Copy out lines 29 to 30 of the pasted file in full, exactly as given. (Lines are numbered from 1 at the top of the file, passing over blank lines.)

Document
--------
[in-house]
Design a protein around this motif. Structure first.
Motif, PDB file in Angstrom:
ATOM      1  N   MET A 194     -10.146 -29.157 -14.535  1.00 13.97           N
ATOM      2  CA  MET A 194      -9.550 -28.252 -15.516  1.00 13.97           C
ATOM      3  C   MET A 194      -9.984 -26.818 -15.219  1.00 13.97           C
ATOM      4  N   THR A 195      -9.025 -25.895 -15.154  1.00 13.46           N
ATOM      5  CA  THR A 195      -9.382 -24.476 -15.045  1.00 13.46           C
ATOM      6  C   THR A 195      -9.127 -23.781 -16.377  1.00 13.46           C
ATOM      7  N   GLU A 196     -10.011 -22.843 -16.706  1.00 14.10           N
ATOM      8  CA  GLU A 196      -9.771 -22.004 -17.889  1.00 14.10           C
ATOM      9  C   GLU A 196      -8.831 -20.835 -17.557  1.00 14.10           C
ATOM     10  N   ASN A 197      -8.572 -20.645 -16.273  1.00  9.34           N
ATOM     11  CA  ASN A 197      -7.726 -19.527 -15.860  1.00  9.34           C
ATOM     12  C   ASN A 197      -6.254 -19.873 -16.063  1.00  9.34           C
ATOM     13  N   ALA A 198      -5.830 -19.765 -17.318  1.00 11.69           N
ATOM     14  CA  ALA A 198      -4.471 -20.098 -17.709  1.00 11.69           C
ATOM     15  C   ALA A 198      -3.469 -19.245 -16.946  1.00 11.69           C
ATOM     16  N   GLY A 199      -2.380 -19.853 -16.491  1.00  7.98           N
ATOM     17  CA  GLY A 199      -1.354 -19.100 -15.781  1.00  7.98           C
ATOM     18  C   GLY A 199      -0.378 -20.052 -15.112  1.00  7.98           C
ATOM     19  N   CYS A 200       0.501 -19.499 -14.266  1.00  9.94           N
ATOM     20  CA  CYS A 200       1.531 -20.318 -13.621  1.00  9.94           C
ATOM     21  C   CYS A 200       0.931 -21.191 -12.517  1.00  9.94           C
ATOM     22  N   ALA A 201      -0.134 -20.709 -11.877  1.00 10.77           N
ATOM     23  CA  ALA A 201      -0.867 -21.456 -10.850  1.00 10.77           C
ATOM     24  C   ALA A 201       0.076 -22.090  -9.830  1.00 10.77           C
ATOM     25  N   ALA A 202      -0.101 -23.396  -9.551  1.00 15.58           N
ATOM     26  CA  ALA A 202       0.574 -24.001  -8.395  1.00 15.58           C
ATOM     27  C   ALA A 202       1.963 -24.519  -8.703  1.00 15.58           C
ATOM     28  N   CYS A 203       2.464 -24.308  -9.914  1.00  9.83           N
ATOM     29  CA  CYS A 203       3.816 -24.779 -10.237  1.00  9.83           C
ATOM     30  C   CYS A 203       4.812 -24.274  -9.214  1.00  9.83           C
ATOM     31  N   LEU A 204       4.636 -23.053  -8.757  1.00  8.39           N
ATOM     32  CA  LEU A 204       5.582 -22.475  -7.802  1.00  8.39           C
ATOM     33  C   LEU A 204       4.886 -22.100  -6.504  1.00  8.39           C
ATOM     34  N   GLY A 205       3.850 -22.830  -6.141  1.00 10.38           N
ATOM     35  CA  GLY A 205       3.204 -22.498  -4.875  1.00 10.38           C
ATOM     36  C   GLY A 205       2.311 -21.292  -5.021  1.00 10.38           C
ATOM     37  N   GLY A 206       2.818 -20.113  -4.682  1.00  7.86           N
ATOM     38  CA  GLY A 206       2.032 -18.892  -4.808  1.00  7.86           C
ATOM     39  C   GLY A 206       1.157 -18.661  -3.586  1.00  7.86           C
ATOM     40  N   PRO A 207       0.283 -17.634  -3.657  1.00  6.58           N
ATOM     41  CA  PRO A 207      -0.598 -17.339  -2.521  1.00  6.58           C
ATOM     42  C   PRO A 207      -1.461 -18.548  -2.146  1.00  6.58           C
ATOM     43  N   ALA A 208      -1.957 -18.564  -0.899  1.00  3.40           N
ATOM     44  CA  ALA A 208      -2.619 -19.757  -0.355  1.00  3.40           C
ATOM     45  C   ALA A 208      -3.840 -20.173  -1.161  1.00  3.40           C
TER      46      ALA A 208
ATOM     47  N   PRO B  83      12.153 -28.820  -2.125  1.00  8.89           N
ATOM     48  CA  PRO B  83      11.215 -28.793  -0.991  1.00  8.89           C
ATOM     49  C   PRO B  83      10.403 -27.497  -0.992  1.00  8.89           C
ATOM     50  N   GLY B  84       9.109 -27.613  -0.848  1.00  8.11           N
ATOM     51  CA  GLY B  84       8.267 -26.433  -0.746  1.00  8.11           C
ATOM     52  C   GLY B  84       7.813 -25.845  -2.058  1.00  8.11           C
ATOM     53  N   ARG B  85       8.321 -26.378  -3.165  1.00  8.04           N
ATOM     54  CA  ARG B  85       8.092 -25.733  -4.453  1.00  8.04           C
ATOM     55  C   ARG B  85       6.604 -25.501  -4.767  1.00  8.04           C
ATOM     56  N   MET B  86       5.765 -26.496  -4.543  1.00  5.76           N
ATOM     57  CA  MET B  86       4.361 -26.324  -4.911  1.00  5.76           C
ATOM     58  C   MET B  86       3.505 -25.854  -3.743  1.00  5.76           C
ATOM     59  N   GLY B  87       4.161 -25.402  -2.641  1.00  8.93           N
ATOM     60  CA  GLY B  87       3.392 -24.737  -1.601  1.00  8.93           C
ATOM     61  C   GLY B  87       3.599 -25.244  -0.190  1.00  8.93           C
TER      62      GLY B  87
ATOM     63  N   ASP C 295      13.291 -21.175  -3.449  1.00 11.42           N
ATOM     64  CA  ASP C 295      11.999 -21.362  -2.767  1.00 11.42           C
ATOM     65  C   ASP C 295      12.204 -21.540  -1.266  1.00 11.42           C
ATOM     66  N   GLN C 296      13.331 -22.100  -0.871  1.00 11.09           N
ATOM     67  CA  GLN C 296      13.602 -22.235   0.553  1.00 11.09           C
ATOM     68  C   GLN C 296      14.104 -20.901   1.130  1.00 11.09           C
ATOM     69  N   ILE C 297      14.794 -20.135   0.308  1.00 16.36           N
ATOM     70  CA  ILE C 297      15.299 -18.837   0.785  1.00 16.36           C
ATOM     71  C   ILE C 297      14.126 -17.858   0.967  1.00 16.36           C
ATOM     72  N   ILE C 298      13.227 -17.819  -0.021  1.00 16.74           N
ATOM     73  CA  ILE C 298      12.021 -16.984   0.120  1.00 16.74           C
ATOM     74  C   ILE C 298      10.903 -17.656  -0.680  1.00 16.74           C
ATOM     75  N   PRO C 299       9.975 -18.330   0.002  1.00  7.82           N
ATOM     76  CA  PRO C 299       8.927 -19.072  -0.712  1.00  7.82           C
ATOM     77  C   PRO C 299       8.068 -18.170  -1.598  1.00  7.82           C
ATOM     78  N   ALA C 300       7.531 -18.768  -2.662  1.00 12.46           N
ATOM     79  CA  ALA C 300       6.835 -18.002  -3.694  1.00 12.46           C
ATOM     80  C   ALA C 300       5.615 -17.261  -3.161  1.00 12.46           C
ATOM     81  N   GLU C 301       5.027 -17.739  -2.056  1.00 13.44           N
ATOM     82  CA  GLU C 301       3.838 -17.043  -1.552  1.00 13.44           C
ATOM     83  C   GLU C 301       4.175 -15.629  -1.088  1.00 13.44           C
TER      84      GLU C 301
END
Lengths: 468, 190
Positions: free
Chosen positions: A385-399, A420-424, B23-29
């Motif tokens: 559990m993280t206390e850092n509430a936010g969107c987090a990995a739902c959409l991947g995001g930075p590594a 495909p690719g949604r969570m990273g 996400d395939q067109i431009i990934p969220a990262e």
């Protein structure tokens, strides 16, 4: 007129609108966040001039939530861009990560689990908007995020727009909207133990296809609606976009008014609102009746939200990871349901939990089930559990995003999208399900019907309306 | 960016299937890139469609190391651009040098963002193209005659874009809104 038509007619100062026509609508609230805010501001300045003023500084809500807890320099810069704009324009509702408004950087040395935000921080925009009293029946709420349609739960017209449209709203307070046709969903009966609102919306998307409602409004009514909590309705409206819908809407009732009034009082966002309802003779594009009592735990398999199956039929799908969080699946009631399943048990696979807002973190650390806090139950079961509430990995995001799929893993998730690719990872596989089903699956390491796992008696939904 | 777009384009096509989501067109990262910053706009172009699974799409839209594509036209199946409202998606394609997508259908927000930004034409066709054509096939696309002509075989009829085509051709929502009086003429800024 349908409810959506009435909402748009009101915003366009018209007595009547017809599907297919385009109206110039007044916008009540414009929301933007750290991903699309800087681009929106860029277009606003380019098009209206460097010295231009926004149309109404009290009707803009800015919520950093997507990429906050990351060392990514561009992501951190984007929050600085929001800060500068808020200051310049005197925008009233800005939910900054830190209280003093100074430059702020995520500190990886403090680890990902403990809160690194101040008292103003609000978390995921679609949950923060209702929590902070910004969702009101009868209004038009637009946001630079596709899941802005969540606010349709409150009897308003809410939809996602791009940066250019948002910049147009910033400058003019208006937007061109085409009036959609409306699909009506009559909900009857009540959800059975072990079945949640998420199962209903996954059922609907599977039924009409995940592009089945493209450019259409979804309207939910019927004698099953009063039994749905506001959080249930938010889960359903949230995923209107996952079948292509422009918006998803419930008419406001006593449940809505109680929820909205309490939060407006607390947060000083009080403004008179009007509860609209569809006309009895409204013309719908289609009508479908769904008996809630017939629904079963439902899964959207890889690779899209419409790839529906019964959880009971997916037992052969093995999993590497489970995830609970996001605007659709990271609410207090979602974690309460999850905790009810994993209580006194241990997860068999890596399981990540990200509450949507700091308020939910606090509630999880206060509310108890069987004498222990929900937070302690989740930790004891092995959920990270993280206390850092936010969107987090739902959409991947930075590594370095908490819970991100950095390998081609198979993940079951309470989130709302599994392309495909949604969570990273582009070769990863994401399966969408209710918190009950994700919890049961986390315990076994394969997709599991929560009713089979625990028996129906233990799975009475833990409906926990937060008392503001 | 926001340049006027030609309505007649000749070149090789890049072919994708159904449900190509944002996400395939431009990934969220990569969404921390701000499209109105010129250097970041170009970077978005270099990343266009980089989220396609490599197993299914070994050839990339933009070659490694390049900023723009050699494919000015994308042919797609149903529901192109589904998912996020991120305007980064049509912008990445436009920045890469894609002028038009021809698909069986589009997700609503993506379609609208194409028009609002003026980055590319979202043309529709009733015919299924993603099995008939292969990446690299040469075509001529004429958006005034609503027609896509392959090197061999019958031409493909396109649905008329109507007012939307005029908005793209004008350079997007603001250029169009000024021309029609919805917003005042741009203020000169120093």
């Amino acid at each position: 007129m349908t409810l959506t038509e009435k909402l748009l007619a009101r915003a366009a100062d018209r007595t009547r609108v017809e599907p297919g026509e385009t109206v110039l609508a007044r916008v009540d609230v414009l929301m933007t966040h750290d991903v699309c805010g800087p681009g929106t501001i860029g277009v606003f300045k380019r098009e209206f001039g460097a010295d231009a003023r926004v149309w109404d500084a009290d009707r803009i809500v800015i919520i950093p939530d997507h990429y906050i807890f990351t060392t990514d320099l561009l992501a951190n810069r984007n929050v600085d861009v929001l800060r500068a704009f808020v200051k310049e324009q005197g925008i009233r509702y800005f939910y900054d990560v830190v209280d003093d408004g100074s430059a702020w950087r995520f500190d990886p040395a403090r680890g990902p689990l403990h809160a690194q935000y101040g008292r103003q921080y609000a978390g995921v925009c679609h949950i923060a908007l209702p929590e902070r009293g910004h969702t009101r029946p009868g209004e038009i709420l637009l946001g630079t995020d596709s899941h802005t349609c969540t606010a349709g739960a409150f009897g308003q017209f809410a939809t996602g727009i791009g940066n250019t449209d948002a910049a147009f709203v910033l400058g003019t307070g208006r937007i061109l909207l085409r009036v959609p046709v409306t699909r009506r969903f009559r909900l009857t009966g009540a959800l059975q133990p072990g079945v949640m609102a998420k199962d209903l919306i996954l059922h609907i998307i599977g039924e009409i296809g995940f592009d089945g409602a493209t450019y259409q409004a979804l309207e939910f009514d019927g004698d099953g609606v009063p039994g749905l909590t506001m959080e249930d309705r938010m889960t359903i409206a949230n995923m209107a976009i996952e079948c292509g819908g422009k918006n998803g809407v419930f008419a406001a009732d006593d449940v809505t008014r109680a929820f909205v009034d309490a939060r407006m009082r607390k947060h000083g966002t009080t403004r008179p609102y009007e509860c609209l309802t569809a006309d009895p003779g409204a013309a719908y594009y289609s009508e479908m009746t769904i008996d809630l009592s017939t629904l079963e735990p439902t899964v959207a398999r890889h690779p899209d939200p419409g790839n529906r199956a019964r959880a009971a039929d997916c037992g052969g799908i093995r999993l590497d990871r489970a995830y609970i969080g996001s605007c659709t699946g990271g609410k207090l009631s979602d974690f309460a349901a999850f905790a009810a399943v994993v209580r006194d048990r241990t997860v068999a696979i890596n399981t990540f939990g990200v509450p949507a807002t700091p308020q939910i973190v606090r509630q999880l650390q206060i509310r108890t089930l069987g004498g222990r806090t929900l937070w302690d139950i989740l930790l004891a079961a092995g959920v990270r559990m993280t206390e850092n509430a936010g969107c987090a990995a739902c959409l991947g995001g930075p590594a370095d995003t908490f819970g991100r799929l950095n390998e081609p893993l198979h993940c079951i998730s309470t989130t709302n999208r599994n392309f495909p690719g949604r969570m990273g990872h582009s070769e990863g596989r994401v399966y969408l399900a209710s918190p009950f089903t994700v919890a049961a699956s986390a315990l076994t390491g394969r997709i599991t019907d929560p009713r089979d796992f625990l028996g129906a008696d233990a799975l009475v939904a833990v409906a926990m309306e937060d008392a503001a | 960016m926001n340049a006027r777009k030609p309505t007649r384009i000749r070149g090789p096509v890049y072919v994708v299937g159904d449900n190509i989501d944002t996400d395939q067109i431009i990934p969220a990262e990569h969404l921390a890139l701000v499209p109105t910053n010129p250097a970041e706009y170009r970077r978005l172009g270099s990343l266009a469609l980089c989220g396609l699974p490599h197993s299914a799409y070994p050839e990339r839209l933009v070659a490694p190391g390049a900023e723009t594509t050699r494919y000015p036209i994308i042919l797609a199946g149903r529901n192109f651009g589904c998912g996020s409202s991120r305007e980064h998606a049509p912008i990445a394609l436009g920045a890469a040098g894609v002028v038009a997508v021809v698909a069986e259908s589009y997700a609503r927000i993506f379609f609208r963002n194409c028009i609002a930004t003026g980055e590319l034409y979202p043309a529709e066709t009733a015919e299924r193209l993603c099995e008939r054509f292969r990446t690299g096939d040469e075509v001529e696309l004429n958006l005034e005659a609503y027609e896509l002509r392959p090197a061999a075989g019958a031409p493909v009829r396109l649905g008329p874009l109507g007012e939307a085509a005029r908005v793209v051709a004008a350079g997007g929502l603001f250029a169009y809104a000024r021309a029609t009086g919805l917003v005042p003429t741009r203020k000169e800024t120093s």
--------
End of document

ATOM     26  CA  ALA A 202       0.574 -24.001  -8.395  1.00 15.58           C
ATOM     27  C   ALA A 202       1.963 -24.519  -8.703  1.00 15.58           C